hort.net Seasonal photo, (c) 2006 Christopher P. Lindsey, All Rights Reserved: do not copy
articles | gallery of plants | blog | tech blog | plant profiles | patents | mailing lists | top stories | links | shorturl service | tom clothier's archive0
Gallery of Plants
Tech Blog
Plant Profiles
Mailing Lists
    Search ALL lists
    Search help
    Subscription info
Top Stories
sHORTurl service
Tom Clothier's Archive
 Top Stories
Disease could hit Britain's trees hard

Ten of the best snowdrop cultivars

Plant protein database helps identify plant gene functions

Dendroclimatologists record history through trees

Potato beetle could be thwarted through gene manipulation

Hawaii expands coffee farm quarantine

Study explains flower petal loss

Unauthorized use of a plant doesn't invalidate it's patent

RSS story archive

HYB: Chromosome Counts

From: Sharon McAllister <73372.1745@compuserve.com>

Christy Hensler wrote:

<       It's been suggested to me that if a seedling were to have an uneven
number of Cs that it would *have* to be sterile.        >

A non-hybridizer speaking, of course. <G>  There are many, many examples of
highly fertile aneuploids.  CAPITOLA immediately leaps to mind.

<       If two seedlings have the same number of Cs, even if the count is
uneven, wouldn't a cross between them simply produce more seedlings with
the same uneven number? >

Not necessarily.  The "leftover" chromosome has nothing to pair with on
meiosis.  To keep it simple, let's look at the diploid CORDELIA.  Parent of
the famous DOMINION, among others.  Randolph counted it as having 25
chromosomes, so it can produce n=12 and n=13 gametes.  If crossed with
another 25-chromosome diploid, the resultant seedlings could be 12:12, 12:
13, or 13:13.

<       Also, in some crosses, there must be other factors at work since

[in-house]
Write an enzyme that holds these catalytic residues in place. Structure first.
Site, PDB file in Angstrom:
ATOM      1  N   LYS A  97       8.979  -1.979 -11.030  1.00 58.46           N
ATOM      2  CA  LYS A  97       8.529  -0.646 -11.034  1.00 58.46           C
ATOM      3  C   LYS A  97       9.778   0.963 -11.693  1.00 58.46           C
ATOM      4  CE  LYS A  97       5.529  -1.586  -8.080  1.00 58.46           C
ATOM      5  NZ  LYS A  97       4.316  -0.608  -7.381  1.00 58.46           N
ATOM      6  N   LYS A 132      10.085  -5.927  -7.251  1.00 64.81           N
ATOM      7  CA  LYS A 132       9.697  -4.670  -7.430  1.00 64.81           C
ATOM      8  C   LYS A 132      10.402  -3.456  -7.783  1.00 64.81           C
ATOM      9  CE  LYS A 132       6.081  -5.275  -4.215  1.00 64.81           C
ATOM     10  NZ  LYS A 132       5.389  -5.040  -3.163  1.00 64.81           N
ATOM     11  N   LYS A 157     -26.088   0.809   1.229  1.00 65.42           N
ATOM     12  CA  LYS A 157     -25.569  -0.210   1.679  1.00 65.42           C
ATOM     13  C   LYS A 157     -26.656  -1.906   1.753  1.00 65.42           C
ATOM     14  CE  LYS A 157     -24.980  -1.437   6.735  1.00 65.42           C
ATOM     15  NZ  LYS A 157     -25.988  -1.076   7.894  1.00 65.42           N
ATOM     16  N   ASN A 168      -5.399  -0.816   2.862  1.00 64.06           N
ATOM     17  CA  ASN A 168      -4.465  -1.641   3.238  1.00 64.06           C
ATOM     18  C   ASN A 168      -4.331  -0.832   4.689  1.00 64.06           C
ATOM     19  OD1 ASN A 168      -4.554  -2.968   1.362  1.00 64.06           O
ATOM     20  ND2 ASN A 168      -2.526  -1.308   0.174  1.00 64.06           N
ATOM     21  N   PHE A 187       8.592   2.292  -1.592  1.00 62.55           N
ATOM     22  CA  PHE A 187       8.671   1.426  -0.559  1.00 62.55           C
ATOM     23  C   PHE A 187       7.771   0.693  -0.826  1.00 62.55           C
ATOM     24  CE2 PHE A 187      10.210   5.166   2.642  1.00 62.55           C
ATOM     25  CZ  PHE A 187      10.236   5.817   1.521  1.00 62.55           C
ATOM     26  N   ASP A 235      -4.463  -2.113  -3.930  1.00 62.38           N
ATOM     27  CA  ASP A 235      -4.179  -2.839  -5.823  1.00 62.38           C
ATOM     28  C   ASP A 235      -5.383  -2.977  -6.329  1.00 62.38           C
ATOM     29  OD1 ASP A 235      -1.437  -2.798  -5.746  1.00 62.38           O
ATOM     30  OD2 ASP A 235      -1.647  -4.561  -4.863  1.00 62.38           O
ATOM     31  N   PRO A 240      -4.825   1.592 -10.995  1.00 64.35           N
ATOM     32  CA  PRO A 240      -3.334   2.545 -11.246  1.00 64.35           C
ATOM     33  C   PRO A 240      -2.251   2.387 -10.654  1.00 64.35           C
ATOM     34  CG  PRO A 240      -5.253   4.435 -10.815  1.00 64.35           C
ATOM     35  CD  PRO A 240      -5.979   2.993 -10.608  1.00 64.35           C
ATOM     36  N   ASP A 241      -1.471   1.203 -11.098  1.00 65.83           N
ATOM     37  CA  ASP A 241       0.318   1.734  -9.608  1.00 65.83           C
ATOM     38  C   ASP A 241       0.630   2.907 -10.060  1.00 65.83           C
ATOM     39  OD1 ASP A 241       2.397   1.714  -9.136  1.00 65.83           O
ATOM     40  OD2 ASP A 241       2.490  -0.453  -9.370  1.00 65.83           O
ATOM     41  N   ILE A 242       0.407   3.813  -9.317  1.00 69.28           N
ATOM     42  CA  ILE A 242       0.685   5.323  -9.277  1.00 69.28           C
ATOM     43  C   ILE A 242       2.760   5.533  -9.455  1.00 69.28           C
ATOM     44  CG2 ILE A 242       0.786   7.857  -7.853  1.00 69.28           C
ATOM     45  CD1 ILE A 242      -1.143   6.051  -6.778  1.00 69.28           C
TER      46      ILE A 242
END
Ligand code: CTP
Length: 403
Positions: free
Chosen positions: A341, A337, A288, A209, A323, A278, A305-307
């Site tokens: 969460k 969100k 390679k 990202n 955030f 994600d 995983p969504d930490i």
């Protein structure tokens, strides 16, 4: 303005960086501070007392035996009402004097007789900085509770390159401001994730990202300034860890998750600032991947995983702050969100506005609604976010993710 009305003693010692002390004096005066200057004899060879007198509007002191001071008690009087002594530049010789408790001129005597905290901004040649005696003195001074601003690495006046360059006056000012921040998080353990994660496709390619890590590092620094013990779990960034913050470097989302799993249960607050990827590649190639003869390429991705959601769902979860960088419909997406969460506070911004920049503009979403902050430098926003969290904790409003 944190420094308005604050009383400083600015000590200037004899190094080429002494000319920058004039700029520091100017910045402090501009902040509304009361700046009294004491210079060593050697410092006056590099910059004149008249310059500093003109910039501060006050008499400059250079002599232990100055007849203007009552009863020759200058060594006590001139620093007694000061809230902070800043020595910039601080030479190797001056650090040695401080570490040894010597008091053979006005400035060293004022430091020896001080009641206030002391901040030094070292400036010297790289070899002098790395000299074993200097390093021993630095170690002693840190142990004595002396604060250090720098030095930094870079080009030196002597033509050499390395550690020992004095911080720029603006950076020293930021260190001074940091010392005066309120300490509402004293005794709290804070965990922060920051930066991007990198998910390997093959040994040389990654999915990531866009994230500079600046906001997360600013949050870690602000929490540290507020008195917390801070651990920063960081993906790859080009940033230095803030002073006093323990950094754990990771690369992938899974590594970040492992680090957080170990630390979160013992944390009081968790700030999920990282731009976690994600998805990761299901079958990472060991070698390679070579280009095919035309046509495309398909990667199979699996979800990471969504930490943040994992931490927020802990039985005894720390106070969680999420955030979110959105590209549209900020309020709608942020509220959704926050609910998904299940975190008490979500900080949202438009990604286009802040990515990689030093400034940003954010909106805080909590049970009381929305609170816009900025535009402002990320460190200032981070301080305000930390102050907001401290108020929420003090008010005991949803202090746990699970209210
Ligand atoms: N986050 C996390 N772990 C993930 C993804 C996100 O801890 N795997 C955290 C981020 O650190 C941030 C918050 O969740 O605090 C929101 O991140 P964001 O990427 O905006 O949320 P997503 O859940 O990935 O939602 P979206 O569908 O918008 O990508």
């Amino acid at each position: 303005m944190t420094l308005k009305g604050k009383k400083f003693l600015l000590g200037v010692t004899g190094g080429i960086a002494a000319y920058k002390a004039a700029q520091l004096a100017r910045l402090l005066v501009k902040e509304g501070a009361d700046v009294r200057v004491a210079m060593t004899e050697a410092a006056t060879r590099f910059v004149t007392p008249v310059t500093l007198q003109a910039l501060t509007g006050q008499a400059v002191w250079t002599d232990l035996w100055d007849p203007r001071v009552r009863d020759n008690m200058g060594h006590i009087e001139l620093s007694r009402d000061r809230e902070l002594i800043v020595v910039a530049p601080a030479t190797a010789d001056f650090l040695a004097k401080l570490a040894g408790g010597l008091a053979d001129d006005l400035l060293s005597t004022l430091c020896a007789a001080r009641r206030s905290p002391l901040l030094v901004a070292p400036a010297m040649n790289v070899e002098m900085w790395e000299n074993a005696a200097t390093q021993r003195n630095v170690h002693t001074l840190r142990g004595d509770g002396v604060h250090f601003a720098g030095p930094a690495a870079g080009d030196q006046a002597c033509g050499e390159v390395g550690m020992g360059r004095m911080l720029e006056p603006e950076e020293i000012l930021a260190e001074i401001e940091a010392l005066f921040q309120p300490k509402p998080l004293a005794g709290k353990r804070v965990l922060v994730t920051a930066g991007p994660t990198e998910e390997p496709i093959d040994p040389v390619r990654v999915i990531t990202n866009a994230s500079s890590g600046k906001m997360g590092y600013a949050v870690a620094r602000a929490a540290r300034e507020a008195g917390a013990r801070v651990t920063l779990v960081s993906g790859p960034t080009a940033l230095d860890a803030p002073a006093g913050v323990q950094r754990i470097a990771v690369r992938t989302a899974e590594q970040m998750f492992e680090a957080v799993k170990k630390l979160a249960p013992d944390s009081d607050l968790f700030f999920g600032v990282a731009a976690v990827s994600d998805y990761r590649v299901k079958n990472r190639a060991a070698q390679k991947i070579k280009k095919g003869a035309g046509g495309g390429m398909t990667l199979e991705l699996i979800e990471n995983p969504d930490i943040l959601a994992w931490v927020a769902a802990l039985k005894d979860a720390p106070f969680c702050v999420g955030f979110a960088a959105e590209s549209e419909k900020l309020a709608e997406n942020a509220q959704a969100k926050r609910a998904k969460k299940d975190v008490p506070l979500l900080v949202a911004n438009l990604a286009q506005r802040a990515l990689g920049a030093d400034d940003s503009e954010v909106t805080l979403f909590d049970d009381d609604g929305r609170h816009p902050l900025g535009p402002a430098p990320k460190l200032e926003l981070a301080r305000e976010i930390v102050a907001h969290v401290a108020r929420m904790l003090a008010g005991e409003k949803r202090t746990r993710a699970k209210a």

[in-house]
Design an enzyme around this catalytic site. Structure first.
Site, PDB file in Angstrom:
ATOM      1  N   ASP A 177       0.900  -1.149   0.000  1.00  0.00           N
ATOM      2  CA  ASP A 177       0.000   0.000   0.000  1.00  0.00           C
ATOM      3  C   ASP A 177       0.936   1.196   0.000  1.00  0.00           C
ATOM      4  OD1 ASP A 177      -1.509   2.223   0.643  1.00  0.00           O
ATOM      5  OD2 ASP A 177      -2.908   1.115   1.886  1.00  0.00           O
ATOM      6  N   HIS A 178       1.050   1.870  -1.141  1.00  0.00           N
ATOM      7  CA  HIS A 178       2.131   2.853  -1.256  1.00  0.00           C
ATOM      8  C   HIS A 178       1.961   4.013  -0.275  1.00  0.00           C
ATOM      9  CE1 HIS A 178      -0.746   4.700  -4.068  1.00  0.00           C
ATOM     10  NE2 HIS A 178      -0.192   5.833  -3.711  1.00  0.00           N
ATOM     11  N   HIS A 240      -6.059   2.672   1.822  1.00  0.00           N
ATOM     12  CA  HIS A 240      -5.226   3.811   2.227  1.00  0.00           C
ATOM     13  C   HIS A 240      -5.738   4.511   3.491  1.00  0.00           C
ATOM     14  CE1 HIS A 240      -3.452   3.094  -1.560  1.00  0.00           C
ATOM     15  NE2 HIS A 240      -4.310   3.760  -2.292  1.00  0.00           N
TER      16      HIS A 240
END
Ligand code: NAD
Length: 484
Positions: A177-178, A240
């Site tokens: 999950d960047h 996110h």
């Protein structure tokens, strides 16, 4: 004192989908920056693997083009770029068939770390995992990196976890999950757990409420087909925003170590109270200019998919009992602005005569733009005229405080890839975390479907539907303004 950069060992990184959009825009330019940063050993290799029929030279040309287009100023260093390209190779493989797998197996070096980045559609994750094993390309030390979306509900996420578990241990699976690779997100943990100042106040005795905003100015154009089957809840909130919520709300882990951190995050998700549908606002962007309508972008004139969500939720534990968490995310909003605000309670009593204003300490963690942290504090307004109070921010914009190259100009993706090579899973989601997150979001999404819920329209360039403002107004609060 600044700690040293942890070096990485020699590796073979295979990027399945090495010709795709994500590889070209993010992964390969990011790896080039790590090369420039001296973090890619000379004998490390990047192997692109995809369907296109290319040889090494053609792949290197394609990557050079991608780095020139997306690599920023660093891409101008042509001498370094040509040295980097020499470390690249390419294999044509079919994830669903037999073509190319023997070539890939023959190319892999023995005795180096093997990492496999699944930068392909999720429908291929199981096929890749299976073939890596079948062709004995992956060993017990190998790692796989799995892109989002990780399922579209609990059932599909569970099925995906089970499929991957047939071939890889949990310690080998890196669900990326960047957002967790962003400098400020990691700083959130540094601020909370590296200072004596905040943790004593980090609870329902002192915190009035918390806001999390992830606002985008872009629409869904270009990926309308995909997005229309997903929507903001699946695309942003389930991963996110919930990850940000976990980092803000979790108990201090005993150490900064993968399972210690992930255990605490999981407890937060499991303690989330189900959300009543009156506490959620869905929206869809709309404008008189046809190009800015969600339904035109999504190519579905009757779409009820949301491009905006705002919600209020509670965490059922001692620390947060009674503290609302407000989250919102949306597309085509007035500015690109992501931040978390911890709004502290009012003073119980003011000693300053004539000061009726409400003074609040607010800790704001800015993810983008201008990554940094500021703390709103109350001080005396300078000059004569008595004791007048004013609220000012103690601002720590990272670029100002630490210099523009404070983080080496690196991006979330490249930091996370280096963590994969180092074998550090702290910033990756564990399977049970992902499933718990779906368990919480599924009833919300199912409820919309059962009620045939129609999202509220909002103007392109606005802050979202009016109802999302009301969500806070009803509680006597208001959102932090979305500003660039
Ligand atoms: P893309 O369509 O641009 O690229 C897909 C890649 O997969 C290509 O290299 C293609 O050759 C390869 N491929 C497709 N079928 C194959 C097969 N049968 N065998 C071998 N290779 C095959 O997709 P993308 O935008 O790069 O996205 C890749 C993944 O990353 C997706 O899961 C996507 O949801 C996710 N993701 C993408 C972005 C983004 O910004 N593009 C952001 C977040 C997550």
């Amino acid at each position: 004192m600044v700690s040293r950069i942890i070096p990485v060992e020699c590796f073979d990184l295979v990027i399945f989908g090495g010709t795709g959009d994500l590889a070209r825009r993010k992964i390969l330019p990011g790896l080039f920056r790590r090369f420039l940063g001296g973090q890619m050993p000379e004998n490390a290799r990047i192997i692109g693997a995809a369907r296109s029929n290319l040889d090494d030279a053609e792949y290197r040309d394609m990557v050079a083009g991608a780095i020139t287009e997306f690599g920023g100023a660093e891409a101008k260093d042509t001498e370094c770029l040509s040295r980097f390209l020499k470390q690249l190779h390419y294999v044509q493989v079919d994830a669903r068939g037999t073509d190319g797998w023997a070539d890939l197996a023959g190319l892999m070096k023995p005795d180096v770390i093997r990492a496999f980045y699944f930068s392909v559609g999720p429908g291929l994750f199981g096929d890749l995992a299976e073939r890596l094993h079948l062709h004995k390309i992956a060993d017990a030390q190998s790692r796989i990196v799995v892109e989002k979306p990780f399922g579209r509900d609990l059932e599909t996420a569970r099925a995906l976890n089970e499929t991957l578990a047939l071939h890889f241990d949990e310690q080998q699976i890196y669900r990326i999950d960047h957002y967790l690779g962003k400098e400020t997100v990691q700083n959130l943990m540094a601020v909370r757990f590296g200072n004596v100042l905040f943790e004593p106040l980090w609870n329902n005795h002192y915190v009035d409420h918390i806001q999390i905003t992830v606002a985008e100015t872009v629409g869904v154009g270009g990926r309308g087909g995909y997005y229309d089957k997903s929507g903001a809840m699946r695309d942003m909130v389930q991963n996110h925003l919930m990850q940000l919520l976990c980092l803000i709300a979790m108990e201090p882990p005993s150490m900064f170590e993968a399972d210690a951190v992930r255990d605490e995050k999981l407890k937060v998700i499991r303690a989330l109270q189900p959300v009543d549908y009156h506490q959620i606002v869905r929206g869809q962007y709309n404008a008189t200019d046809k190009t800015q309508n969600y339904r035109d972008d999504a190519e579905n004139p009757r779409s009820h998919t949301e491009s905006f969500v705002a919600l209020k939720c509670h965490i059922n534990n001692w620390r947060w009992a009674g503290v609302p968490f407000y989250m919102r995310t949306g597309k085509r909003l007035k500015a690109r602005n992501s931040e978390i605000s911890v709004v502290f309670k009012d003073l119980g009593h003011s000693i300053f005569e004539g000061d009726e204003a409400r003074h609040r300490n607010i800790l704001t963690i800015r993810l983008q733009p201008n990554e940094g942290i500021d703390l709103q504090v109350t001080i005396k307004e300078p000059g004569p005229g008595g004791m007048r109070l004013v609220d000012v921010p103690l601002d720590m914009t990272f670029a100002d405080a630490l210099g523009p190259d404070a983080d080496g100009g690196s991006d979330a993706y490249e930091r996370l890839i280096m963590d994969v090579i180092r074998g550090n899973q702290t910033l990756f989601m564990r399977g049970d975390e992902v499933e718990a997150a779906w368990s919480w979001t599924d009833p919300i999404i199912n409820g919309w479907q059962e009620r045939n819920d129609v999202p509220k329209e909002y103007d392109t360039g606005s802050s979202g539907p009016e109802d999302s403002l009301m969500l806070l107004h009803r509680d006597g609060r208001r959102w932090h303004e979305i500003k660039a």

some plants seem to "recognize" close relatives even if the C counts aren't
quite the same.         >

The "recognize" homologous chromosomes, so the number of these is a measure
of affinity even between species of different ploidy.

<       One additional question........ When we talk about chromosomes, we
are talking about *pairs* of Cs aren't we...... as in 2n=whatever?      >

Sometimes.  It depends on the context.

<       I'm curious about what would most likely happen if a cross of two
cvs, would be likely to result in an uneven count.

The ones I'd use as an example are I.fulva (2n=42) X I.ensata (2n=24) or
I.fulva X crossed to a 28C Sib. (The counts are from Kohlein's "Iris".)

Would the "extra" be dropped or could a population with an uneven count be
used as a base for developing a new line?       >

As the diploid example I gave shows, an unbalanced F1 isn't a stable
breeder.  In the case of CORDELIA, there were enough homologous chromosomes
to produce fertility.  Often, however, dipoids from wide crosses don't
exhibit enough fertility to be used as a base for developing a new line.  

Sharon McAllister

To unsubscribe from this mailing list, or to change your subscription
to digest, go to the ONElist web site, at http://www.onelist.com and
select the User Center link from the menu bar on the left.

 © 1995-2015 Mallorn Computing, Inc.All Rights Reserved.
Our Privacy Statement
Other Mailing lists | Author Index | Date Index | Subject Index | Thread Index